The world of books is never boring. Every week (well, most weeks) I’ll discuss a different topic related to books, often inspired by or in response to what’s going on in the online book community (or something I’ve seen another blogger talk about). I call this Book Thoughts on Thursday. Feel free to weigh in with your own thoughts in the comments, or even write your own post on the topic and share the link with me!
I’ve been thinking a lot recently about unlikable characters. It’s kind of been in the back of my mind since reading Gone Girl, a book with absolutely horrible characters, the kind you can’t find much of anything redeemable in, but a fantastic book just the same.
This was an anomaly for me. I’ve often found that if I don’t like the main character of a book, the book itself won’t make my favourites list. I find it really difficult to enjoy a book if I don’t enjoy spending time with its characters, particularly if it’s written in the first person thus putting me right inside their head.
But recently I’ve been thinking about my perspective on this issue. After all, not every good book is a comfortable or enjoyable reading experience. In fact, some of the books that have stuck with me and changed my mental landscape the most were ones that were incredibly disturbing or upsetting to read. Often this is because of the subject matter or plot, but why should a difficult protagonist be any different than a difficult topic or event?
I discussed the topic at some length with Katie from Bookish Tendencies, who, unlike myself, is a fan of unlikable characters. Our discussion made me stop to consider my stance and what was really behind my reactions. After some consideration, I realized that I’ve scapegoated unlikable characters and blamed them for books I just didn’t like. In reality, it was usually a matter of finding other issues with the book, and the fact that I didn’t like the main character was just part of the problem. I’m discovering that when an unlikable character (or a whole cast of them) is well written with depth, insight and interesting traits, and the plot of the book works, I’ll end up considering it a good book.
After all, unpleasant characters are often necessary for a well-rounded narrative, and in many cases an antagonist can even have richer narrative potential. It can be fascinating to explore the motivations of a villain – it’s easier to understand a “good” character, but a villain… that takes some explaining. But usually they’re the secondary characters, over whom the protagonist must triumph. It’s different when the main character is the one who’s hard to handle.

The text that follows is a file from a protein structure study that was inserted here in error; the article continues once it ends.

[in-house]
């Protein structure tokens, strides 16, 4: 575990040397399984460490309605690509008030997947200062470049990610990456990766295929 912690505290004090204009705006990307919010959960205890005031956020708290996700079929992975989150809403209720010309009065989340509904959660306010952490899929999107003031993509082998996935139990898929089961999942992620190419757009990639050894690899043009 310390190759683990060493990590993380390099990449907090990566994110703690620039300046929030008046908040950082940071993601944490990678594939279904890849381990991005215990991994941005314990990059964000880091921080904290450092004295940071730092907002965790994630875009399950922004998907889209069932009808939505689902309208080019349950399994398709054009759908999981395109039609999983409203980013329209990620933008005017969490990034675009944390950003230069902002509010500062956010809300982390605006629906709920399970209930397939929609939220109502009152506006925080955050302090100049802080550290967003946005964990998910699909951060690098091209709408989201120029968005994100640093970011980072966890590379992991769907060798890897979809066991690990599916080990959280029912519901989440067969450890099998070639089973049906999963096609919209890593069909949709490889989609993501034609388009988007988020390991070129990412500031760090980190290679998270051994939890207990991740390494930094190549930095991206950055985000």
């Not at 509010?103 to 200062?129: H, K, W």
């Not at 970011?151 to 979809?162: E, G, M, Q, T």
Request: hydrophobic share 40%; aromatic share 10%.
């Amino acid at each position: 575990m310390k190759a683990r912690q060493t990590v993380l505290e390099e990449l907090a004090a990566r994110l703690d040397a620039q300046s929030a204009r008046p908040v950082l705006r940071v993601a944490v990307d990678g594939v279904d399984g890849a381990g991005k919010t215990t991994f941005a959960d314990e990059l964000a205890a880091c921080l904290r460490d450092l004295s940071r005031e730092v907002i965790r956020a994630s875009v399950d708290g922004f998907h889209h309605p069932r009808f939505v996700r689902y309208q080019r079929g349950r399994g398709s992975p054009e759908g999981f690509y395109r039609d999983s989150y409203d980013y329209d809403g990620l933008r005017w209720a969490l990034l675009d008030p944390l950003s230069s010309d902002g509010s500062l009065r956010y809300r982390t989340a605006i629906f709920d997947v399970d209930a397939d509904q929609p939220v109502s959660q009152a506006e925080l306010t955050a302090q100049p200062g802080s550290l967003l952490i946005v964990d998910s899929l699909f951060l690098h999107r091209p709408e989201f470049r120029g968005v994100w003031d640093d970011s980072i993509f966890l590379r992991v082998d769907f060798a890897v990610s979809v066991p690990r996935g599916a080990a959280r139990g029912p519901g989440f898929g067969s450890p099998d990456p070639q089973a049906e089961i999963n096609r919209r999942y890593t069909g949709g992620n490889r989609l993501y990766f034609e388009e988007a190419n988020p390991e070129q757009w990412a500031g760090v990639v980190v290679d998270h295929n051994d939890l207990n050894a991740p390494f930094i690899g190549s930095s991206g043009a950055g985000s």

I’ve further realized that there’s a separation between books I enjoy reading, and books I consider to have great literary value. It’s possible to really enjoy reading a book but not think it has much in the way of literary importance, or to find a book really difficult to get through but for it to be a book that is has a lasting impact on the reader and the literary landscape as a whole.
I knew this before, of course, but generally thought of it in the context of books whose content was difficult to read (for example books dealing with the holocaust or racial tension or depression or substance abuse… among many other topics), not in terms of books with characters I disliked. Perhaps because the two tend to go hand in hand. However, in thinking about it more carefully, I came to the conclusion that it works for characters just the same.
I think this distinction is key to my own perspective. If the book is otherwise excellent, and if the characters are presented in such a way that they make sense (even better if you end up feeling conflicted about a character you know to be “bad,” but the author’s representation of them makes you understand or even sympathize with them) and have depth, the book will still end up being one I consider excellent.
This was underlined by my recent read, Hausfrau by Jill Alexander Essbaum – a book that deeply affected me, the writing if which was so poetic as to cause me to re-read passages just so I could wallow in the words, but that contained not a single adult character I could honestly claim to like. Perfect example of an amazing book with a main character who was simultaneously sympathetic and very unlikable in my opinion.
I’m interested to hear what you all think on this topic. Do you have to like a protagonist to enjoy his or her book? Do you find it difficult to ascribe a rating to a book separate from whether it was an enjoyable read? Or do you find antagonists drawing your interest? I’d love to hear from you in the comments!